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Steve Hackett - Voyage Of The Acolyte CD (album) cover

VOYAGE OF THE ACOLYTE

Steve Hackett

 

Eclectic Prog

4.21 | 879 ratings

From Progarchives.com, the ultimate progressive rock music website

Chus
Prog Reviewer
4 stars Well, there are hardly ratings below the 4-star rating for this album. That shows something: anyone could easily get used to Steve Hackett; yes, the dorky shy guy with beard and lenses sitting lonely on a corner at Genesis' concerts (as a musician, of course, not to be confused with another roadie) now has broken loose, or well, just a little bit; he's still mostly drown in the mix of mellotron layers and synthetizers, like in the old Genesis' days; but he's in charge of the compositions now, and great compositions they are, taking you into a world of romantic fairy tales and stories of ancient religions.

Yes, it's still in the vein of Genesis (and it's not a complaint); however, he could slap Banks' face with this album, demonstrating that he could live without Genesis' pity.

There are two familiar names on the band's credits: Collins and Rutherford (of the same Genesis fame); though they are under Hackett's command this time.

So I'll get to the actual review: it starts on a fast beat with "Ace Of Wands"; with fantastic interludes and amazing ending, even though they're split together by an annoying and dated sound effect, a low point but it doesn't even last 2 seconds, so there's no point in skipping it. Then we get transported into the suite "Hands Of The Priestess Pt.1/A Tower Struck Down/Hands Of The Priestess Pt.2": the prelude is highly atmospheric with haunting chords of 4th's, 7th's and 2nd's, both in acoustic guitar and mellotron; the flute work is superb; "A Tower Struck Down" is more electric and bombastic, and you could hear chants and the tower being struck down at the end in a crashing sound, the mellotron laments again with strange chords and then, fading in, the epilogue reprises the prologue with good effect. The Hermit is based in a single guitar riff, but there's beauty in it's simplicity and the oboes bring a sense of nostalgia with emotive notes. "Star Of Sirius" is also acoustic-based but a bit lighter in mood and some up-beat moments (Collins fills the vocal spot in this one). I think the weakest song here is "Shadow Of The Hierophant"; it has a great melody and is beautifully crafted with Sally Oldfield's vocals, but it tends to be too repetitive and overlong for that matter.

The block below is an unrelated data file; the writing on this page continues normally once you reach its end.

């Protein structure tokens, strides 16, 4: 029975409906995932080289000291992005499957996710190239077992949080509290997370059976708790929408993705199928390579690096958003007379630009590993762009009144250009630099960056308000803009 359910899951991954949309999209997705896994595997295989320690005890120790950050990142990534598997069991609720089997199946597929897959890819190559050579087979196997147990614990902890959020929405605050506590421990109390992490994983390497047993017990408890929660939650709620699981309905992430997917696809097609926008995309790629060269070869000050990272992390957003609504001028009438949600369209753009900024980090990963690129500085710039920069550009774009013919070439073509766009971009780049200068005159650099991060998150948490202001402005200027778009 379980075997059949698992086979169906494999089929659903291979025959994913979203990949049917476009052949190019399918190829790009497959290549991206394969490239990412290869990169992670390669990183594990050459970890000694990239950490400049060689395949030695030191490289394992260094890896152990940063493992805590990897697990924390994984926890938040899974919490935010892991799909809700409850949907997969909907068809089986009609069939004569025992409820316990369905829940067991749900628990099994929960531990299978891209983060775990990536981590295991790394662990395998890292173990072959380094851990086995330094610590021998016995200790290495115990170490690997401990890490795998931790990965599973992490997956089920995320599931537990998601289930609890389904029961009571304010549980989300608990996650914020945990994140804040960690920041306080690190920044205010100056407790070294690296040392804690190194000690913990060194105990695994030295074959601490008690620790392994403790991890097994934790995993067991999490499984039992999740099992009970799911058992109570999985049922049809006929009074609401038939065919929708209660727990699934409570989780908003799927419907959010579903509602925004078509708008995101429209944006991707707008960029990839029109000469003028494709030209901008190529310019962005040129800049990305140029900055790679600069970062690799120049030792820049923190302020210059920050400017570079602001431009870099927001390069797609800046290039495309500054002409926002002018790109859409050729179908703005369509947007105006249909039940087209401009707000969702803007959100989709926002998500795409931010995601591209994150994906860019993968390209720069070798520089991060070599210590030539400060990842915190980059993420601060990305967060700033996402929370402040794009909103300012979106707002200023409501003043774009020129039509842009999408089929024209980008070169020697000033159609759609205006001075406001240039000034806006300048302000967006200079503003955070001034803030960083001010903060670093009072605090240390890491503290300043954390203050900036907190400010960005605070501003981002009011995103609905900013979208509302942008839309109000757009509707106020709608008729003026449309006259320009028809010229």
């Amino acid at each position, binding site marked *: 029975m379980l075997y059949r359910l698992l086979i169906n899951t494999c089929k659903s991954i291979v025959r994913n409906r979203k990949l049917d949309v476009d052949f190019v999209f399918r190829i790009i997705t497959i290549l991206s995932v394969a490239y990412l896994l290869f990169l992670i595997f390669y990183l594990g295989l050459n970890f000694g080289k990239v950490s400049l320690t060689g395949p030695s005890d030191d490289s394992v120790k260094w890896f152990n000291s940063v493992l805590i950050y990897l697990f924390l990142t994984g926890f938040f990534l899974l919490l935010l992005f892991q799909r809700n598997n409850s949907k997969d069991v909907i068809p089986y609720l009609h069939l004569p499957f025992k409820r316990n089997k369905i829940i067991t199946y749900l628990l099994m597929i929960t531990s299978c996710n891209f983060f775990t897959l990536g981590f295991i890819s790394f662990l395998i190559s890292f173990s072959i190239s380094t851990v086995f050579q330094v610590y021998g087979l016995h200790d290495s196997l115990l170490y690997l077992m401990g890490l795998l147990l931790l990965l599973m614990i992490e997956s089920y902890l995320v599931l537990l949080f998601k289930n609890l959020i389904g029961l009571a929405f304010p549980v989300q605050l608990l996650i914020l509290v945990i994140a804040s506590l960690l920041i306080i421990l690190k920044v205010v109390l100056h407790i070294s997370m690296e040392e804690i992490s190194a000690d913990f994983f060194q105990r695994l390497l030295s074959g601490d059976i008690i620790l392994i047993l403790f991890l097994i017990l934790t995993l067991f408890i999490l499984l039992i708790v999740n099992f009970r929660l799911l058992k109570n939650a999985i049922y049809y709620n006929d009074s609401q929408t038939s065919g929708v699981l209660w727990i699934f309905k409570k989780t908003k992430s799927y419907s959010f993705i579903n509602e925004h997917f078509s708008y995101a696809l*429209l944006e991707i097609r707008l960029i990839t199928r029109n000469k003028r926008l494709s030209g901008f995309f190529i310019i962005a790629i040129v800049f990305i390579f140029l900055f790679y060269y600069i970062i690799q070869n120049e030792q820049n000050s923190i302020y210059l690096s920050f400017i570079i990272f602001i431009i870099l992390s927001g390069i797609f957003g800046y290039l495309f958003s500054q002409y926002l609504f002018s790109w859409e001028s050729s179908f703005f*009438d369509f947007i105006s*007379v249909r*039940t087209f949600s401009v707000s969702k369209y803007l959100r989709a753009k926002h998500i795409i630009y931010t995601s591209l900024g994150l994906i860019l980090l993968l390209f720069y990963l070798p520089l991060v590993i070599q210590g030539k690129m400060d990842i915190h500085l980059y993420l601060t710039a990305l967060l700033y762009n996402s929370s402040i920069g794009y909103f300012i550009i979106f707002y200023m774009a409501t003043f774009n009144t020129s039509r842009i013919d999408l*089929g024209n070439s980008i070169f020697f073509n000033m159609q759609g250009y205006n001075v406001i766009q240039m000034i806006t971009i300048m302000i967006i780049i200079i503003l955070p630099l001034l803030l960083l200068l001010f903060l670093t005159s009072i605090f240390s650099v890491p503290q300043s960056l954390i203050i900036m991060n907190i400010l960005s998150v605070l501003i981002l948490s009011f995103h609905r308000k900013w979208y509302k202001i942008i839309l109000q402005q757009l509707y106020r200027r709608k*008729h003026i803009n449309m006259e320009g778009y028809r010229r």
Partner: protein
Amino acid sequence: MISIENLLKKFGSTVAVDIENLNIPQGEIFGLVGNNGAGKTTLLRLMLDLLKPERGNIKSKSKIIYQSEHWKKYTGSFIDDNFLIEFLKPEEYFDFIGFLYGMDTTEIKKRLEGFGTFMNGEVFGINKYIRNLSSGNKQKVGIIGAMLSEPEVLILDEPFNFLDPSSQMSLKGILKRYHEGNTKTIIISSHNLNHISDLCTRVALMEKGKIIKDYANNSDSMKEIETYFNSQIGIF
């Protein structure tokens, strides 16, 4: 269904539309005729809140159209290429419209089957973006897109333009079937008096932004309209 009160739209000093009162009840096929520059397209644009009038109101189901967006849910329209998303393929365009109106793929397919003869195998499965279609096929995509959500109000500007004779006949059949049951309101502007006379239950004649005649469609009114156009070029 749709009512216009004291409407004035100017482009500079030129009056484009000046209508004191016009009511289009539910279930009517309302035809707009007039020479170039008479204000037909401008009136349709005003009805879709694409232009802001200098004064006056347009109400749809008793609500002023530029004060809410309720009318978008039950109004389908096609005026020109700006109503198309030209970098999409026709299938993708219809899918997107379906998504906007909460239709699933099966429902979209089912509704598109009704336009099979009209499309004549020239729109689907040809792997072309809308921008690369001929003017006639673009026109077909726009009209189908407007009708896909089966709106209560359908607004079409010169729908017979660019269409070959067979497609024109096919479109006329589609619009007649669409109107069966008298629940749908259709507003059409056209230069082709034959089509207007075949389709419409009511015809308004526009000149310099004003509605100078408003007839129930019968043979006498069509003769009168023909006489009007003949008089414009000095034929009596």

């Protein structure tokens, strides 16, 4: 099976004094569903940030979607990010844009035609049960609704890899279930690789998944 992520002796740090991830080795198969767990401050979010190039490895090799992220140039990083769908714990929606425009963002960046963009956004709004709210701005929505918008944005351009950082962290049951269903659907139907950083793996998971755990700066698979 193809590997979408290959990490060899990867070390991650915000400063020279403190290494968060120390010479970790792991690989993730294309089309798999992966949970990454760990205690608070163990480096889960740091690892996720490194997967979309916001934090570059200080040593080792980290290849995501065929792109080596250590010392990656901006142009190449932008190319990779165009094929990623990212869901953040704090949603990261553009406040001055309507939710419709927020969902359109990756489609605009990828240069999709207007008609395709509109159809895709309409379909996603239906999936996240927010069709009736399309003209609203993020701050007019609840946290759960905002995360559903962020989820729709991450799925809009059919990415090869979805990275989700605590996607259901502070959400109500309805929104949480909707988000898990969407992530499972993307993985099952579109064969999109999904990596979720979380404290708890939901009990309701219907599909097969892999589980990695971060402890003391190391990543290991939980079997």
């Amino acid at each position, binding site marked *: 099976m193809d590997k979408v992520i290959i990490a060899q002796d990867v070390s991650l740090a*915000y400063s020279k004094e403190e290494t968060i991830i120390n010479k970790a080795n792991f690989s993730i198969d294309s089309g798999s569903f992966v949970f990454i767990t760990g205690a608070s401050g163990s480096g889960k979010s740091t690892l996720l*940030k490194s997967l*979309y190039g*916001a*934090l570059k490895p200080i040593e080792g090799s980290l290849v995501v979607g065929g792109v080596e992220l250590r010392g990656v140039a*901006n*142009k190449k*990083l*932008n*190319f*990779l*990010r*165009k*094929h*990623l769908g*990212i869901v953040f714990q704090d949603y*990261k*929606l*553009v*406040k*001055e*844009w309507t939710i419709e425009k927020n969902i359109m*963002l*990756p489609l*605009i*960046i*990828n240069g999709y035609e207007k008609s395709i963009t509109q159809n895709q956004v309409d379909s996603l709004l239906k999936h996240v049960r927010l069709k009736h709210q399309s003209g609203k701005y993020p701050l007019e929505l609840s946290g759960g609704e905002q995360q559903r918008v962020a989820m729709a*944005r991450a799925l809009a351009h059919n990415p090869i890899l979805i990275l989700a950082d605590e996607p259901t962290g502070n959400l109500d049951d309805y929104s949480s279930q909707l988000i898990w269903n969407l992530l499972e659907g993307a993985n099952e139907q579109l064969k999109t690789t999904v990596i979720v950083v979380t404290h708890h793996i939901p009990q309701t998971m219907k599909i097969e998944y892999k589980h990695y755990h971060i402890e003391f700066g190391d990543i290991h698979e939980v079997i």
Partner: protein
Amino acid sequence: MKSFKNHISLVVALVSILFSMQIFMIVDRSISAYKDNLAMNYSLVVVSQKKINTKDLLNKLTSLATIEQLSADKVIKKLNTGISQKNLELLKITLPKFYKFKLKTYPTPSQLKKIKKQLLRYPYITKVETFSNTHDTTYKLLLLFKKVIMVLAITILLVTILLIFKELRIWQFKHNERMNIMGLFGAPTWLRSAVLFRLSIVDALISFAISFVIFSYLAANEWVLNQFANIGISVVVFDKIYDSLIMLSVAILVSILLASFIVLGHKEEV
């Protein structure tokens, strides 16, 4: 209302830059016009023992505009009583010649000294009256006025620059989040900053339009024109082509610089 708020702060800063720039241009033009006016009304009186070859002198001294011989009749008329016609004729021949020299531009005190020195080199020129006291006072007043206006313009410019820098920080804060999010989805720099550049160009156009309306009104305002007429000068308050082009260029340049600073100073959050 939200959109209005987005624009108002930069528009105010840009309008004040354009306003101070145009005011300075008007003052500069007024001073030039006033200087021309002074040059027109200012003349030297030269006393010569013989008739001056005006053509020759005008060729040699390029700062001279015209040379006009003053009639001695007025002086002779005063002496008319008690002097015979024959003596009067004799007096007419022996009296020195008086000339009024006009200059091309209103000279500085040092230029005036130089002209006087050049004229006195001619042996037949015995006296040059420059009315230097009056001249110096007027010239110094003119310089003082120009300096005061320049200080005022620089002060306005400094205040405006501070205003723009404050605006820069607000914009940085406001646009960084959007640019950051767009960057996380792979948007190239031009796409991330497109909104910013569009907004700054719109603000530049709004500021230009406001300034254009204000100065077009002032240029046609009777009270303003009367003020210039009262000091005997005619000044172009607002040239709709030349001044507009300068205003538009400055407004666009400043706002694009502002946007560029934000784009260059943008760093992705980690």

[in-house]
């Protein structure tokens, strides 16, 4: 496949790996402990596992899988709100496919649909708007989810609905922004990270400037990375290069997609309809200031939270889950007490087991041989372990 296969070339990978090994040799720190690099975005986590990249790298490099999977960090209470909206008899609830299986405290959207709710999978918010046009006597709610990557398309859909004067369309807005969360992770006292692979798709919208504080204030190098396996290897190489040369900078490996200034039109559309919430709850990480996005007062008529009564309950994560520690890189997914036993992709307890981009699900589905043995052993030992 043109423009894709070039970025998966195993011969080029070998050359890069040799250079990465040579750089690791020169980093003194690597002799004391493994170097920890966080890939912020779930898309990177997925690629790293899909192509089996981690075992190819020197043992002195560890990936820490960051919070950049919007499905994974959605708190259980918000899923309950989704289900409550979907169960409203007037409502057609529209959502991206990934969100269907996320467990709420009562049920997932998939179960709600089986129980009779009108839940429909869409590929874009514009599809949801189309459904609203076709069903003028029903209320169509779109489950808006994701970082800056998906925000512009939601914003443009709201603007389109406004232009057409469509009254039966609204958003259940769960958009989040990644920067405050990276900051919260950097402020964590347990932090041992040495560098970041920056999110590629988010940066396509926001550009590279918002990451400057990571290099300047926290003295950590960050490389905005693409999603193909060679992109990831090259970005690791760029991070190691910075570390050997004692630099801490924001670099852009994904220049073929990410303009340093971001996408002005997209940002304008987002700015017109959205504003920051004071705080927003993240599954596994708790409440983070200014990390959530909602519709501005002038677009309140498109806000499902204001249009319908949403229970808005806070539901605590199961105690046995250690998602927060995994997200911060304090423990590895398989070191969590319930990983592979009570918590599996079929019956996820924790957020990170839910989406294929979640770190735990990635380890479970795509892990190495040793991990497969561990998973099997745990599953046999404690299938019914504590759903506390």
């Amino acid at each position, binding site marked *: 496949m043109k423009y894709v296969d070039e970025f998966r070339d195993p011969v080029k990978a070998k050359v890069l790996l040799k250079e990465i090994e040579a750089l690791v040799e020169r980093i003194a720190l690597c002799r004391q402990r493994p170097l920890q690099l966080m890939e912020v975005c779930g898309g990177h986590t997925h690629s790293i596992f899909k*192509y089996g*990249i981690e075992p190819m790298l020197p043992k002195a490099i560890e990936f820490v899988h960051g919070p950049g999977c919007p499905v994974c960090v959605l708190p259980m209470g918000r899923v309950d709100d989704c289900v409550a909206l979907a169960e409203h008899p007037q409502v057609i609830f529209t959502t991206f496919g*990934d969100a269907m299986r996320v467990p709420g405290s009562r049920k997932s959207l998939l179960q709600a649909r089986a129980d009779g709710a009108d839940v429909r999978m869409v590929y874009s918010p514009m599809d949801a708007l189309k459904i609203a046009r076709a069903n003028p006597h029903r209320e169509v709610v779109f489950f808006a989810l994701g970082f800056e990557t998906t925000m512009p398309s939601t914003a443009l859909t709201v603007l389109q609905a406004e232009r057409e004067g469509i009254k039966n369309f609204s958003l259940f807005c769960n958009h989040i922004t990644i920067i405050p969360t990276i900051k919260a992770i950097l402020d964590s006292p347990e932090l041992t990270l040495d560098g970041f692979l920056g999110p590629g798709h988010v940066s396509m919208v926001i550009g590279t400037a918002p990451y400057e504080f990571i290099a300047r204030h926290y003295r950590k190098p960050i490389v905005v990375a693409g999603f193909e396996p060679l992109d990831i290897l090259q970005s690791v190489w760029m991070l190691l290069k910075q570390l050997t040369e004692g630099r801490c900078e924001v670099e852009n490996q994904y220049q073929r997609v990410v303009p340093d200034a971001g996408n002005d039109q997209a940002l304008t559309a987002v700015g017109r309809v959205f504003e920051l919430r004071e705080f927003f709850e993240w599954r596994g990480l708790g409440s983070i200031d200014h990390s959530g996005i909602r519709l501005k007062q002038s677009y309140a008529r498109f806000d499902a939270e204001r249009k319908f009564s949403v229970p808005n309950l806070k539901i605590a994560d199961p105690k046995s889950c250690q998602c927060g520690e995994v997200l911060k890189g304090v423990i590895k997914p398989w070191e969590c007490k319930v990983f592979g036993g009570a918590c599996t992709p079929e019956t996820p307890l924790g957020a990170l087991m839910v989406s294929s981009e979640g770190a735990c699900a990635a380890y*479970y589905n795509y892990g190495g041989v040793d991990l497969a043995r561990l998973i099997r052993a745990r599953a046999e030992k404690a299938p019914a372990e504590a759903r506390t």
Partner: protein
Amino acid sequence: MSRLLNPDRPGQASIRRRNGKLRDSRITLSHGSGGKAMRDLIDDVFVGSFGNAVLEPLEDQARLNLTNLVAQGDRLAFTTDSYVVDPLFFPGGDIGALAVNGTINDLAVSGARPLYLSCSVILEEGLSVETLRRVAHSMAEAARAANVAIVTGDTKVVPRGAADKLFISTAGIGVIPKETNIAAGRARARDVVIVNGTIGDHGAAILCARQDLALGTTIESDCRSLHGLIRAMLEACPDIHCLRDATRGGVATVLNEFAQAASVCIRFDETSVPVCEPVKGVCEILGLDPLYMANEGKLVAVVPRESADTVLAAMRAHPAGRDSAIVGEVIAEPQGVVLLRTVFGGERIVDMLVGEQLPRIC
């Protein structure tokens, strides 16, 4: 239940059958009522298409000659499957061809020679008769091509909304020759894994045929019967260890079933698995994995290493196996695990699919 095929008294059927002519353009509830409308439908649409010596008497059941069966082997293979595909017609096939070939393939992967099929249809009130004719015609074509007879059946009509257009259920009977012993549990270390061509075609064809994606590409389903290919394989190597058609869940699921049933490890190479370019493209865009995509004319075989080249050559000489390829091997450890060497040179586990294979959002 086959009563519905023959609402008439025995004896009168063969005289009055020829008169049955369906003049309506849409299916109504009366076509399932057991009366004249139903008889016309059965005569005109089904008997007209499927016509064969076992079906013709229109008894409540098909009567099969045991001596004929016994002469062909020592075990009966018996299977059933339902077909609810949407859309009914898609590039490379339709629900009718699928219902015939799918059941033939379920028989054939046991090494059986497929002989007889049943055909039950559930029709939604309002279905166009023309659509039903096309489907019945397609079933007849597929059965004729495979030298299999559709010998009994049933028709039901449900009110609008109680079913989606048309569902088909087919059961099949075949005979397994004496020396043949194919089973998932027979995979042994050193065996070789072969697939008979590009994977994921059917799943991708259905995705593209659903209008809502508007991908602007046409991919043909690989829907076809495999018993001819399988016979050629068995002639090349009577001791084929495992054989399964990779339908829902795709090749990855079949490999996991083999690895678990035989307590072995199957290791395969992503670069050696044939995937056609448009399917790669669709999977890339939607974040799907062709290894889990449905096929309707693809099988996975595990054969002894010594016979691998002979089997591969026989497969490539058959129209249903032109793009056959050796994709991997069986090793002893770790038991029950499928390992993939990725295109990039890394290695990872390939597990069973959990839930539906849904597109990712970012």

In this album there's also the tendency to reprise a main melody in all of it's songs: the melody that is first found at the 2nd half of "Ace Of Wands"; evoking the idea of a concept in the same manner as Pink Floyd's "Dark Side Of The Moon"; Gentle Giant's self-titled album and Jethro Tull's "Thick As A Brick".

It's a great addition to any collection of symphonic rock music, and I would recommend it highly to any Genesis' fan before Wind And Wuthering. 4 stars.

Chus | 4/5 |

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